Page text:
Why Payday Loans Should Be Financing Of Last Resort

Many people run into tough financial times now and then. You need money in a hurry but where do you turn? You may decide that getting a payday loan is a good option. It’s important to know that getting a payday loan should be an act of last resort. Consumers who are desperate for an emergency loan would be better served doing an online search for an unsecured loan, or going to a local bank or credit union to inquire about a signature loan, which would offer a better rate and more payment flexability.

Payday loans are easy to get. You only need to meet a few minimum requirements and there is no credit check. But like anything else in life, just because it is easy it doesn’t mean it’s good for you. It’s easy to go through the drive-thru and get some fast food instead of cooking something healthy. It’s easy to sit in front of the TV instead of getting up and exercising. Payday loans can be just as bad for your financial heath.

A payday loan can put you in a financial hole that can be hard to climb out of. Let’s say, for whatever reason, you don’t have enough money to pay your rent this month. You get a payday loan for $500 and pay your rent. The loan will be due when you get your next paycheck (presumably in two weeks).

Think about how much of that check you will have left after you deduct $500 from it. There probably won’t be much left. Most payday loan companies will allow you to “rollover” the loan for another two weeks. All you have to do is pay the interest that is due and take out a new loan for $500. By the time you get your next check (two more weeks) your rent is going to be due again, exploring options to make good financial decisions is always advisable as opposed to rushing into a bad loan decision.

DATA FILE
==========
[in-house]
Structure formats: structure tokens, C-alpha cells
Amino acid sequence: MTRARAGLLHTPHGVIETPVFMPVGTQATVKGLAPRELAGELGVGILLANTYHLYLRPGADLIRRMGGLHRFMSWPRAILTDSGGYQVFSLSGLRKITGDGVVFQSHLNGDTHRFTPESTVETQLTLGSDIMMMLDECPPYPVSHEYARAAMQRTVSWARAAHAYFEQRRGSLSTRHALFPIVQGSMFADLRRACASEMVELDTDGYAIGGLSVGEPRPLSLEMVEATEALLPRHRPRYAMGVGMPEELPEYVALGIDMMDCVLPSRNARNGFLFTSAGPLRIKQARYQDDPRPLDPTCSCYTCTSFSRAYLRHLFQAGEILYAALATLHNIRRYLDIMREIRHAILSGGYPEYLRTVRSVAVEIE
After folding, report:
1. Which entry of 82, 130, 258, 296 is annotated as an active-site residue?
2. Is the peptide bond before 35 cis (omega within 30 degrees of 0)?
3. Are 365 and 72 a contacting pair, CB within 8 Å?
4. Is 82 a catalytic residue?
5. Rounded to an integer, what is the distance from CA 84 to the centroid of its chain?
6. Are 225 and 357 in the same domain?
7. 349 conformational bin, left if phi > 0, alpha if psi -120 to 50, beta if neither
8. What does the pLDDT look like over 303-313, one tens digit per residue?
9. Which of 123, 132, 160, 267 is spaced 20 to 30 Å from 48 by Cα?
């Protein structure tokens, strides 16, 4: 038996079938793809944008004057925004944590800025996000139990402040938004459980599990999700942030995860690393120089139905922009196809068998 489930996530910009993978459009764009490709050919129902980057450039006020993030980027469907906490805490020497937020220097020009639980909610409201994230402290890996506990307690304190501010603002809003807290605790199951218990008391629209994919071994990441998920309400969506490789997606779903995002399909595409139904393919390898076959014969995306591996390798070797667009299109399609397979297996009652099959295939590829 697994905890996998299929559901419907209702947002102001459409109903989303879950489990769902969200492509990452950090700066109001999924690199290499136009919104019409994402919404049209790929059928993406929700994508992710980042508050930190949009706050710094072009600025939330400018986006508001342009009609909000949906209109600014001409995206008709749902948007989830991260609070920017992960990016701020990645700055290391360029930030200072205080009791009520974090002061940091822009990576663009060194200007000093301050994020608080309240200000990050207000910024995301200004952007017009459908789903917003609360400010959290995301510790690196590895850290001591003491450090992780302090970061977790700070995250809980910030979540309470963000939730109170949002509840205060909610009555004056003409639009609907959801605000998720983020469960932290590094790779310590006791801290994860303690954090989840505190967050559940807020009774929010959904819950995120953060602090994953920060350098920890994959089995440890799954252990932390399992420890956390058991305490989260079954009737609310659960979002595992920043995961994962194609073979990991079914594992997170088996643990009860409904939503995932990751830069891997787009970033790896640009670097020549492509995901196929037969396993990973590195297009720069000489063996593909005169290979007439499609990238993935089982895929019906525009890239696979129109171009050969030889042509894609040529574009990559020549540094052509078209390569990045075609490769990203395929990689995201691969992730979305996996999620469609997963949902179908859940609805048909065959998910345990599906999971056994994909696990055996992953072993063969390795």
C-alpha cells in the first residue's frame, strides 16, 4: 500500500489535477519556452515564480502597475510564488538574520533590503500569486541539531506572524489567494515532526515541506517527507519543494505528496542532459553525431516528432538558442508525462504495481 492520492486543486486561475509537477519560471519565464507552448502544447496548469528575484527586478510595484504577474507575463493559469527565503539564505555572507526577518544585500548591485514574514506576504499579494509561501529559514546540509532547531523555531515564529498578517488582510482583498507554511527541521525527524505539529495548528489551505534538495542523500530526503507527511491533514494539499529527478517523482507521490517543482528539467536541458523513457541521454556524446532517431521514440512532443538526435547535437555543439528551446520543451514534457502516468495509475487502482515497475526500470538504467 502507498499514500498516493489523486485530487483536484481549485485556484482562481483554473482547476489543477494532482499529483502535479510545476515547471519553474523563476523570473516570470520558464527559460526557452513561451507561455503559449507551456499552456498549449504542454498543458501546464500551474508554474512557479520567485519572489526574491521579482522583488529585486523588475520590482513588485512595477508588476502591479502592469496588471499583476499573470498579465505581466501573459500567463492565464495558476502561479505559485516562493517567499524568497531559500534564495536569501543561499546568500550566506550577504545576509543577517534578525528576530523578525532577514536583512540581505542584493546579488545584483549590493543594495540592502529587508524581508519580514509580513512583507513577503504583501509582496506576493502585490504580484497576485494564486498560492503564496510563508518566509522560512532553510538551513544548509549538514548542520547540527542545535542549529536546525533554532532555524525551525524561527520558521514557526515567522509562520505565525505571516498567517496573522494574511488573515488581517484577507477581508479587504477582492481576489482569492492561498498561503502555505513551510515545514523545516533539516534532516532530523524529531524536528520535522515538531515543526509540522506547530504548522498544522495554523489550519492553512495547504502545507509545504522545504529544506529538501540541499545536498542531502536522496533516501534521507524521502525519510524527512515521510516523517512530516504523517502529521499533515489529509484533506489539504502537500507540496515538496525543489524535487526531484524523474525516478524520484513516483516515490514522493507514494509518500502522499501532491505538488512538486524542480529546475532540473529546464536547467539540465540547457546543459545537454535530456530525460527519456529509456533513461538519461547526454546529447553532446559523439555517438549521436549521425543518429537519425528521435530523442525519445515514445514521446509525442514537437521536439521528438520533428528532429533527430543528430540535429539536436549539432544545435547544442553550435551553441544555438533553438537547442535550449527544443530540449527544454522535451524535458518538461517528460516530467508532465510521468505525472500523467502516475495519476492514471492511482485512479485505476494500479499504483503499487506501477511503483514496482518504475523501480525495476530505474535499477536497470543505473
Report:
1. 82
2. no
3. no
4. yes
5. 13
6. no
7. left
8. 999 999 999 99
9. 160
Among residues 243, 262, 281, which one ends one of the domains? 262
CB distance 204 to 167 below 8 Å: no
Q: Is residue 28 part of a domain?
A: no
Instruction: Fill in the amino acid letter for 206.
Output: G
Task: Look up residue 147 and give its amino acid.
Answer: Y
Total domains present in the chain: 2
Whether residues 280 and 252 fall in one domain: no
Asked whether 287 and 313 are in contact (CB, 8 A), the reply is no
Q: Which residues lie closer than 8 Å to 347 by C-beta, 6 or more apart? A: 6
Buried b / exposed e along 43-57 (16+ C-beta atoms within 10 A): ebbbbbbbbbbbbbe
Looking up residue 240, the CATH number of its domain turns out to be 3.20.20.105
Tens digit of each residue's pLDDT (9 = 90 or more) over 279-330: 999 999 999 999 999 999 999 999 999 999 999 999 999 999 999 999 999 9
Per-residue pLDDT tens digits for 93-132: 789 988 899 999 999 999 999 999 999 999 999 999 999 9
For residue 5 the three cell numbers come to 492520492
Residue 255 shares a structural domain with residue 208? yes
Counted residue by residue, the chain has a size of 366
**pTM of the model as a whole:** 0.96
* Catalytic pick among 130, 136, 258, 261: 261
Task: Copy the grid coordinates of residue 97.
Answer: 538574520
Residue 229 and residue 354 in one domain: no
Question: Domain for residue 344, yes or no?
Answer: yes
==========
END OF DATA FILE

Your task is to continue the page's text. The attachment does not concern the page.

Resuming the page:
You rollover the loan once again and continue to pay just the interest. This is how some people are stuck with these loans for years. If you keep a $500 loan for 12 months you could wind up paying nearly $2,000 just in interest and you would still owe the original $500.

Because the loans are short term (usually no longer than two weeks) the annualized percentage rates can be astronomical. If you have to keep the loan for a year you may be paying 400, 500 or even 600 percent interest. Some people call payday loans “legalized loan sharking.”

Fourteen states have already outlawed payday loans because they are seen as predatory lending. They did this because so many people were not able to pay off their loans because of the high interest rates they were being charged.

There is a need for payday loans, however. There are those times in file where you have no other options.

If you decide to get a payday loan make sure you have a plan to pay it back as quickly as possible. If you are unable to pay the whole loan amount when it is due make sure you pay something on the principle, not just the interest. This will at least give you a chance to pay the loan off in a reasonable amount of time.